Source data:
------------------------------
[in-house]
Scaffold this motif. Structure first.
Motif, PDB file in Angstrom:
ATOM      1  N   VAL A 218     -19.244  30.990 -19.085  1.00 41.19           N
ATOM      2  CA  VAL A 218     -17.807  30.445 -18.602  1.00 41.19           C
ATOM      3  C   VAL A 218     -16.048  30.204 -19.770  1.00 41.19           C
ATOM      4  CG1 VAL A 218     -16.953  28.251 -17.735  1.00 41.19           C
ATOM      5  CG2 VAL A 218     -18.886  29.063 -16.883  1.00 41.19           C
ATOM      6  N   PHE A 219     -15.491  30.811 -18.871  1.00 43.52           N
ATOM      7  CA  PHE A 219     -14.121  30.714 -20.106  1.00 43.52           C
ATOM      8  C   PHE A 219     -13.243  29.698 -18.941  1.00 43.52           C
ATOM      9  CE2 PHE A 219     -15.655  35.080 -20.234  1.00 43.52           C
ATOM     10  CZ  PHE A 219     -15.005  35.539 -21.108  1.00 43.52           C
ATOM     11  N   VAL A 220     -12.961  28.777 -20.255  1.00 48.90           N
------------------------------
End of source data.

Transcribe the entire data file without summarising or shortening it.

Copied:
[in-house]
Scaffold this motif. Structure first.
Motif, PDB file in Angstrom:
ATOM      1  N   VAL A 218     -19.244  30.990 -19.085  1.00 41.19           N
ATOM      2  CA  VAL A 218     -17.807  30.445 -18.602  1.00 41.19           C
ATOM      3  C   VAL A 218     -16.048  30.204 -19.770  1.00 41.19           C
ATOM      4  CG1 VAL A 218     -16.953  28.251 -17.735  1.00 41.19           C
ATOM      5  CG2 VAL A 218     -18.886  29.063 -16.883  1.00 41.19           C
ATOM      6  N   PHE A 219     -15.491  30.811 -18.871  1.00 43.52           N
ATOM      7  CA  PHE A 219     -14.121  30.714 -20.106  1.00 43.52           C
ATOM      8  C   PHE A 219     -13.243  29.698 -18.941  1.00 43.52           C
ATOM      9  CE2 PHE A 219     -15.655  35.080 -20.234  1.00 43.52           C
ATOM     10  CZ  PHE A 219     -15.005  35.539 -21.108  1.00 43.52           C
ATOM     11  N   VAL A 220     -12.961  28.777 -20.255  1.00 48.90           N